My name is Idris Hamza Yana. I was born in Yana, Bauchi state in the Muslim-dominated northern part of Nigeria. Some people get confused because my surname is the same with my hometown. Well, that is part of the colonial legacy we inherited whereby children enrolled in a centralised school, from different parts of a locality, were named with their villages for easy identification. I am Fulani by tribe. Fulani people constitute one of the largest (if not the largest) tribes in west and central Africa. They are commonly found in Burkina Faso, Cameroon, Central African Republic, Ghana, Guinea, Nigeria, Mali, Niger, Senegal, The Gambia and Togo. I speak Hausa and understand Fulfulde (also called Fula). As a child, I used to attend primary and Islamic schools on weekdays and shepherd goats on weekends. There are three different seasons in where I grew up: rainy, hot and harmattan. Rainy season lasts for about five months. Then harmattan will gradually creep in with its stinging cold and dusty air. The temperature sometimes drops to less than ten degrees Hot season precedes rainy season and it’s the time when farmers begin preparation. Sometimes the temperature reaches up to forty-five degrees during hot season. I am currently doing my PhD in the Department of English, University of Exeter. The focus of my research is the place and involvement of women in pre- and post-independence Kenyan politics. My interest is on the participation of women in the social, political, cultural and economic spheres of the society.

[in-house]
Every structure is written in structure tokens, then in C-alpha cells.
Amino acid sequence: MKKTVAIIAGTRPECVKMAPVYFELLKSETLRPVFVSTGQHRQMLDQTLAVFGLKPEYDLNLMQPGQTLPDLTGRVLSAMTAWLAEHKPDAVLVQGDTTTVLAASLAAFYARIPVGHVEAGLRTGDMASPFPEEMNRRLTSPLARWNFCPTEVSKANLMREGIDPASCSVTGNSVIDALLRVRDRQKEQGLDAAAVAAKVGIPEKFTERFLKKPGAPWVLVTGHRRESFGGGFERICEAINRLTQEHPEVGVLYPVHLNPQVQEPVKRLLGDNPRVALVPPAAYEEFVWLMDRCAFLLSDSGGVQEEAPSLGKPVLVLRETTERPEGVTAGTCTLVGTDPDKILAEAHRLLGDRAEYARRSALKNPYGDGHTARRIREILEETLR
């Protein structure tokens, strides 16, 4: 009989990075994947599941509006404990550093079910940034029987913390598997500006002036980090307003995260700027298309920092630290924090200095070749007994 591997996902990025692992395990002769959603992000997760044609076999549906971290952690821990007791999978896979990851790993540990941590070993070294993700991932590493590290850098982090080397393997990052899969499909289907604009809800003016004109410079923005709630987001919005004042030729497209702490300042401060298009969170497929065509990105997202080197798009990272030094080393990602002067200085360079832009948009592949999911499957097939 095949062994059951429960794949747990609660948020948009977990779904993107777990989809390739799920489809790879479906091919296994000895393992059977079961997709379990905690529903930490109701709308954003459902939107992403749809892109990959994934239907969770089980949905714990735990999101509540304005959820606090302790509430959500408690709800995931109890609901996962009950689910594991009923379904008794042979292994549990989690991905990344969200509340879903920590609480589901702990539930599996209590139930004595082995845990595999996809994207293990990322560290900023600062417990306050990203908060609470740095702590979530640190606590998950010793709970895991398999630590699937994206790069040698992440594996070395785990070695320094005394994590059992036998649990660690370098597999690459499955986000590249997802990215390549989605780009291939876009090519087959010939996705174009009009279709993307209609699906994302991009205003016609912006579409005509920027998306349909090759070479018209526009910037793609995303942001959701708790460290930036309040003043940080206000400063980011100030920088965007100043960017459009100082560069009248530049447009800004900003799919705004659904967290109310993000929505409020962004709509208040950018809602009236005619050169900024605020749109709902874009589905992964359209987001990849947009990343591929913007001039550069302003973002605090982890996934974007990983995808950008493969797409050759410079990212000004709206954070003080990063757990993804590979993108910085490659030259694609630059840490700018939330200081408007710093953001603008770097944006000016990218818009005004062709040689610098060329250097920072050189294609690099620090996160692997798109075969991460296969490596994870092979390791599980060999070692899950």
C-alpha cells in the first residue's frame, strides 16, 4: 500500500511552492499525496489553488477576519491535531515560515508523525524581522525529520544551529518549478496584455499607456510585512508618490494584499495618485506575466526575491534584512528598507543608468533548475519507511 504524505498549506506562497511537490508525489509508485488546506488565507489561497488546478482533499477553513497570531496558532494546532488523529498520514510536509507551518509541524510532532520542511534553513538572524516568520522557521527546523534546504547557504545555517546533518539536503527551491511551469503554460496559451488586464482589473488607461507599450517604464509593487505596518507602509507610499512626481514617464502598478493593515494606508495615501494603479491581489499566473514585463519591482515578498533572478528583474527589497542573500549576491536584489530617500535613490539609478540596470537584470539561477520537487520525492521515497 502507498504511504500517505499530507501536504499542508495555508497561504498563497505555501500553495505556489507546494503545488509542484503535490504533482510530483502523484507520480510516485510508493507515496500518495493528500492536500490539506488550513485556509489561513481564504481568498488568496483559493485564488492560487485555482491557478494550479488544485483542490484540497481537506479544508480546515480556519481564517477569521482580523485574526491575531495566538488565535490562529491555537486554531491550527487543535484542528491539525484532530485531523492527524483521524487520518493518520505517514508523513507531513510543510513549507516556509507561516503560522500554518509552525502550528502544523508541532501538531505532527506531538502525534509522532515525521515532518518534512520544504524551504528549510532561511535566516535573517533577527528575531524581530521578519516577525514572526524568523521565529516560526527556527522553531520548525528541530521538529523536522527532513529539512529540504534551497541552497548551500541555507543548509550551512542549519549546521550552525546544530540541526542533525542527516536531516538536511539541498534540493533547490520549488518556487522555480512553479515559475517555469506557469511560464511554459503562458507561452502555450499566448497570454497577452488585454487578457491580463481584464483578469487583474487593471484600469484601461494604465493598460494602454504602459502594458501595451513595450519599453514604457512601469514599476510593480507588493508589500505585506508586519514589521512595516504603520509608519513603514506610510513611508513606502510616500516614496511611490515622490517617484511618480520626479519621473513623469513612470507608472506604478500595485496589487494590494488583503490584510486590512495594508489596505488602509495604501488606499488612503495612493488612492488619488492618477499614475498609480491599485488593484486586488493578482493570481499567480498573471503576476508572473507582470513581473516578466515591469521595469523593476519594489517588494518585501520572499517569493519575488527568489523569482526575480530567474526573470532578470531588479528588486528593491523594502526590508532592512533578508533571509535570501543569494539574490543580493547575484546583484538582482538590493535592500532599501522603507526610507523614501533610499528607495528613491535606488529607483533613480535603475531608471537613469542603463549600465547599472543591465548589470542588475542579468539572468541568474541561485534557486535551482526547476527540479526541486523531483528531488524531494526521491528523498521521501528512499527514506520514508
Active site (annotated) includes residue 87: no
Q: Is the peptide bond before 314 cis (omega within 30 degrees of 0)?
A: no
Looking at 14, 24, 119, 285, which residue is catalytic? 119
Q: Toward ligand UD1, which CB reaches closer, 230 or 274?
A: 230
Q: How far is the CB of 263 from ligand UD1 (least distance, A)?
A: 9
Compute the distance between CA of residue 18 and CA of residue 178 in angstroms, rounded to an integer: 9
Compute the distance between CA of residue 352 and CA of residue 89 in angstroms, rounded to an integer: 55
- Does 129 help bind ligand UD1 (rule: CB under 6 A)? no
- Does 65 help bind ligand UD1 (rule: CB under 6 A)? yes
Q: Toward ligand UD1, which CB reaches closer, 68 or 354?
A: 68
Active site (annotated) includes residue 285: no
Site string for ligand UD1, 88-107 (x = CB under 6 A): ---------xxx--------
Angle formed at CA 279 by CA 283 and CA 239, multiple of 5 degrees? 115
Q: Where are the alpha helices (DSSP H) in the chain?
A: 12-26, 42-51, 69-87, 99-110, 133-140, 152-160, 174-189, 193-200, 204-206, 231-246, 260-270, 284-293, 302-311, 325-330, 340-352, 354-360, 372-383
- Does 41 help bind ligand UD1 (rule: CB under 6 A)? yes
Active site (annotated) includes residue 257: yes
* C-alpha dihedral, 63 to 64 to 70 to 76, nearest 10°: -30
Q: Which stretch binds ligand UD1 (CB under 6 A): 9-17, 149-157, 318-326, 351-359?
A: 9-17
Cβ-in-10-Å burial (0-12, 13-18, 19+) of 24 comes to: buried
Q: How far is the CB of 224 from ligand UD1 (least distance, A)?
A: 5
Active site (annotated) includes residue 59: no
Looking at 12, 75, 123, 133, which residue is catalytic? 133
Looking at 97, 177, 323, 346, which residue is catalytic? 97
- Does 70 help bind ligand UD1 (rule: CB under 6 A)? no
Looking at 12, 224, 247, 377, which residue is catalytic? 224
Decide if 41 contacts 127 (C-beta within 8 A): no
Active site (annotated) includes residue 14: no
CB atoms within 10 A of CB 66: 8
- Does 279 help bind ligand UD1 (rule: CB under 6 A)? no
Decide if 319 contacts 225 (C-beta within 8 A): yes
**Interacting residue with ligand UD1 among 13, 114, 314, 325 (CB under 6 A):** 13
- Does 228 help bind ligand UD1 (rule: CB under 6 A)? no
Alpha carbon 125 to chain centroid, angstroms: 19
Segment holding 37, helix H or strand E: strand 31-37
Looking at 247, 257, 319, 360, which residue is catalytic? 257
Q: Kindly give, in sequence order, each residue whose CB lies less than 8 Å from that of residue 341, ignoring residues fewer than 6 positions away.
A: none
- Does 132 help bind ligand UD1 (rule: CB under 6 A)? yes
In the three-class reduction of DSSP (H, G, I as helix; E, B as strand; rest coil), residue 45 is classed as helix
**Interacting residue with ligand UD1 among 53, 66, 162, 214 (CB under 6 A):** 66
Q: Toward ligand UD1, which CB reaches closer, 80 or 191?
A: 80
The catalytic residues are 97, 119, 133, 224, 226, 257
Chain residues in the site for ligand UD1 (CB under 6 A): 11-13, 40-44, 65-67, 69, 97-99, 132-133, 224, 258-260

Son of Essence

I am a son

Of essence and substance

Dweller of the Sahel

Canvasser of the Sahara

Climber of the Mountains

Explorer of the Rivers


I am a son

Of winds and hurricanes

Of dews and dusts

Of mists and fogs

Of sweats and tears

Of laughters and cheers


I am a son

To Adamu and Adama

To Shaka and Sundiata

To Jaja and Fodio

To Mumbi and Gikonyo

To Amina and Opemsoo


I am a son

Of a man

And a woman

A human

So real

So dark

I am a son of essence

©Idris Yana